A Qualitative Study on Nudging and Palliative Care: “An Attractive but Misleading Concept”

Ludovica De Panfilis*, Carlo Peruselli, Giovanna Artioli, Marta Perin, Eduardo Bruera, Kevin Brazil, Silvia Tanzi

*Corresponding author for this work

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Abstract

The debate about the ethical decision-making process in the healthcare context has been enriched with a theory called “nudging”, which has been defined as the framing of information that can significantly influence behaviour without restricting choice. The literature shows very limited data on the opinion and experience of palliative care healthcare professionals on the use of nudging techniques in their care setting. The aim of this study is to explore the beliefs of experienced palliative care professionals towards nudging. We performed a qualitative study using textual data collected through a focus group. It was audio-recorded, and the transcripts were subjected to a thematic analysis. It was performed within an oncological research hospital with a small and multidisciplinary group of healthcare professionals specialised in PC. Participants reported two overarching positions grounded in two main themes: (1) translating nudging in the PC setting and (2) towards a neutral space. The participants found few justifications for the use of nudging in the PC field, even if it can be very attractive and reassuring. Participants also expressed concerns about the excessive risk of developing pure paternalism.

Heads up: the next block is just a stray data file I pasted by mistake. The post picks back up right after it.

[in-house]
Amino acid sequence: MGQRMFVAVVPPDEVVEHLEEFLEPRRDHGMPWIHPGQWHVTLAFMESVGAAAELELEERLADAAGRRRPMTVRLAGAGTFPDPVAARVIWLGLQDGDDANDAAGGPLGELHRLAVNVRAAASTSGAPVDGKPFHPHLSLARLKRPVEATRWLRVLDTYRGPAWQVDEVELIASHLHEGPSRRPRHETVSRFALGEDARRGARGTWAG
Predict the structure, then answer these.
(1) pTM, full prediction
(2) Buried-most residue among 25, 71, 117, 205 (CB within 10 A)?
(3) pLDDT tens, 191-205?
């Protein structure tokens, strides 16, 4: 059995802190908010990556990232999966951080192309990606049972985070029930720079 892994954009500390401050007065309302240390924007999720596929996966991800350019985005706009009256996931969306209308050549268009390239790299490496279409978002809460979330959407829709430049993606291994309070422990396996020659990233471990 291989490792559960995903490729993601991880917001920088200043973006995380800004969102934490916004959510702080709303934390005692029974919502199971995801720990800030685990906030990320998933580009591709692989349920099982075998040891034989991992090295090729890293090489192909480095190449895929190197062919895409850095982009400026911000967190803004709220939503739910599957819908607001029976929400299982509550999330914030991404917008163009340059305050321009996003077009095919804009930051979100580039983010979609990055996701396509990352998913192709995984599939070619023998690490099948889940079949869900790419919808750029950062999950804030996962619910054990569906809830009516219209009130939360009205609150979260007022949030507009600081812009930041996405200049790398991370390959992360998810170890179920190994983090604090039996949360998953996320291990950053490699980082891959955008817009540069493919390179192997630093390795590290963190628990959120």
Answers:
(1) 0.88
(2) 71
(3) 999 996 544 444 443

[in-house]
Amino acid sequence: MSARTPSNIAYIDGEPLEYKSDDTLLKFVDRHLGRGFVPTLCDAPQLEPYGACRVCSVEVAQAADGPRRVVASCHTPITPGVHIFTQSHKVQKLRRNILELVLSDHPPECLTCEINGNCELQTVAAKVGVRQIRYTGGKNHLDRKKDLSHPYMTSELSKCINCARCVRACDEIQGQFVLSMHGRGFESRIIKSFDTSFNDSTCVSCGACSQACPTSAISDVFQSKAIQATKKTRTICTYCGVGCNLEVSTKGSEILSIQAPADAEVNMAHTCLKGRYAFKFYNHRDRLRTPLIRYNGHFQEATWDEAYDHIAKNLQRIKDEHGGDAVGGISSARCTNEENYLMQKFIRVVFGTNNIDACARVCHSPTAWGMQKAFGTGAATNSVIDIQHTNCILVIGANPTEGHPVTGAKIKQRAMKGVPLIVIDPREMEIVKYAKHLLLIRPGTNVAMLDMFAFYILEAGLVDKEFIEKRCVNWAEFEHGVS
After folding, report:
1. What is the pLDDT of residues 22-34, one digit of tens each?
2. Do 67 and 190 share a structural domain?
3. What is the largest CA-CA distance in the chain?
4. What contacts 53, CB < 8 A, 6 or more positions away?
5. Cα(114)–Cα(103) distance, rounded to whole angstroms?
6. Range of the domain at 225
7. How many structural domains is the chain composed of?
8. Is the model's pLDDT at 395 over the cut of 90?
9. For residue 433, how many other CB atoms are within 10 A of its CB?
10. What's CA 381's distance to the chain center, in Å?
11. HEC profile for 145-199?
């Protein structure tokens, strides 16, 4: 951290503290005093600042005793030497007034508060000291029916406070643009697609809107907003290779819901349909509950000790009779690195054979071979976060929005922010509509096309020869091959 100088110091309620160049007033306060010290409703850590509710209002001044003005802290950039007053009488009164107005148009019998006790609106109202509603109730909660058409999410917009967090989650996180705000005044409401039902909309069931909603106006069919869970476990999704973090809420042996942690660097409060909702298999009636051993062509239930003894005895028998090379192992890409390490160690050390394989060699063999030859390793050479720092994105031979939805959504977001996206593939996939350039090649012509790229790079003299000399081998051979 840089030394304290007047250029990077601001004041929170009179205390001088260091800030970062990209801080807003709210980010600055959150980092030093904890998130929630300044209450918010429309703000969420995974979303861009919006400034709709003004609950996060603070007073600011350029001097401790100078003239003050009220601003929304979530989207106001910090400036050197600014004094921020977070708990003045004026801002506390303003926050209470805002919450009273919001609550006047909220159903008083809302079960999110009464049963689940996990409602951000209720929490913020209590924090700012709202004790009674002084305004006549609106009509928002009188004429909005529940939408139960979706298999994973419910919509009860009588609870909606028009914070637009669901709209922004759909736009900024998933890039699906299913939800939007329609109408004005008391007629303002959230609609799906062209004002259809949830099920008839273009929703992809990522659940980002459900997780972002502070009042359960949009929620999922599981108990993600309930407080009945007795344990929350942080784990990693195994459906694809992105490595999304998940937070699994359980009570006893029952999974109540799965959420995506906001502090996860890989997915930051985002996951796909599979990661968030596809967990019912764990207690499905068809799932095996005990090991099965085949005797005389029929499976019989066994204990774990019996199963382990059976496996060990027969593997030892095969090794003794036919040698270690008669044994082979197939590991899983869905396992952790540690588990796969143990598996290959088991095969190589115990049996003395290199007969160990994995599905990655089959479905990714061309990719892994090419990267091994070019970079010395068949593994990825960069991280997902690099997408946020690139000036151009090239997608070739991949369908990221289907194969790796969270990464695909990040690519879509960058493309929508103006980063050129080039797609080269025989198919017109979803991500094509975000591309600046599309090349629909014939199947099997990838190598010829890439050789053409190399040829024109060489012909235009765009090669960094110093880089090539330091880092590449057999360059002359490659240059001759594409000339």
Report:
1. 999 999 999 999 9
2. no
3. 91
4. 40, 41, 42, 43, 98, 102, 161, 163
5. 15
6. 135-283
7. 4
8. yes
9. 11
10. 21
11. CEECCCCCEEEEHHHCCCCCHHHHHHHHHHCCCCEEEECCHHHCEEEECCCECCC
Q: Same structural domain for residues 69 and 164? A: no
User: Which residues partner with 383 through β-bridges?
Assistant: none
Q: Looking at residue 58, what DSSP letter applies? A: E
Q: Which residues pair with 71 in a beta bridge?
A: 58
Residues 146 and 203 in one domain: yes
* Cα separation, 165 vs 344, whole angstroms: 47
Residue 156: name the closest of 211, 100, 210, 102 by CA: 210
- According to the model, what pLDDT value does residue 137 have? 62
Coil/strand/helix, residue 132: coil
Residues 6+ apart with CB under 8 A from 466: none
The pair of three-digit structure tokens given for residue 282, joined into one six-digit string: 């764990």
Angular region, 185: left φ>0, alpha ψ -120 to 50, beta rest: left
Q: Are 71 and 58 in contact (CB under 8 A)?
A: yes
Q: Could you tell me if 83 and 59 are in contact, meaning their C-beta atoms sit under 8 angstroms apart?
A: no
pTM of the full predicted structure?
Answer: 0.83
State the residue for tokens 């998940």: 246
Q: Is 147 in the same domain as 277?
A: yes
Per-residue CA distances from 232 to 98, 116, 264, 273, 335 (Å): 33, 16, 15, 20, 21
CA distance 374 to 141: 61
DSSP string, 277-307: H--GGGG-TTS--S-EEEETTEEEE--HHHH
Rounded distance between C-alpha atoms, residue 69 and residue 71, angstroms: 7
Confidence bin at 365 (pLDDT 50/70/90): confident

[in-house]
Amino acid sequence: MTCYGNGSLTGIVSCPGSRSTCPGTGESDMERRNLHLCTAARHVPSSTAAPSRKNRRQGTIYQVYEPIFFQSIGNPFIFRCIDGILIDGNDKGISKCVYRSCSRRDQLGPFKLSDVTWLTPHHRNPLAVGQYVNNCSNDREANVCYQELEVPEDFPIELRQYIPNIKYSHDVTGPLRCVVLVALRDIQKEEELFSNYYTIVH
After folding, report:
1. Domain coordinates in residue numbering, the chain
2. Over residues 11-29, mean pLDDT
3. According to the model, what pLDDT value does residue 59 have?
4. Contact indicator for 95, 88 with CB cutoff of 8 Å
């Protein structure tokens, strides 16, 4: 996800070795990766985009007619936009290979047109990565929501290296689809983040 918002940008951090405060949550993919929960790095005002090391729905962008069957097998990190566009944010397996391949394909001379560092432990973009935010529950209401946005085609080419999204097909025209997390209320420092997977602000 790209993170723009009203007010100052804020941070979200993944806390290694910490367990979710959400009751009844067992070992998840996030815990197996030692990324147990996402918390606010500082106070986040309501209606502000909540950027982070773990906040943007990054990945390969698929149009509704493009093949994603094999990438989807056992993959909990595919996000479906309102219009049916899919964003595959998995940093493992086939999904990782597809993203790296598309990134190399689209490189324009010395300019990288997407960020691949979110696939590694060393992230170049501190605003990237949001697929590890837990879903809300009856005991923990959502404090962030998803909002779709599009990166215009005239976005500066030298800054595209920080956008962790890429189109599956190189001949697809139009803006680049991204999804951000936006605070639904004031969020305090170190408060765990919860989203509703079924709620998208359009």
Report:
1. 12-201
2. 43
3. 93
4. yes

Original languageEnglish
Article number9575
Number of pages8
JournalInternational Journal of Environmental Research and Public Health
Volume18
Issue number18
DOIs
Publication statusPublished - 11 Sep 2021

Keywords

  • palliative care
  • oncology
  • nudging
  • ethics

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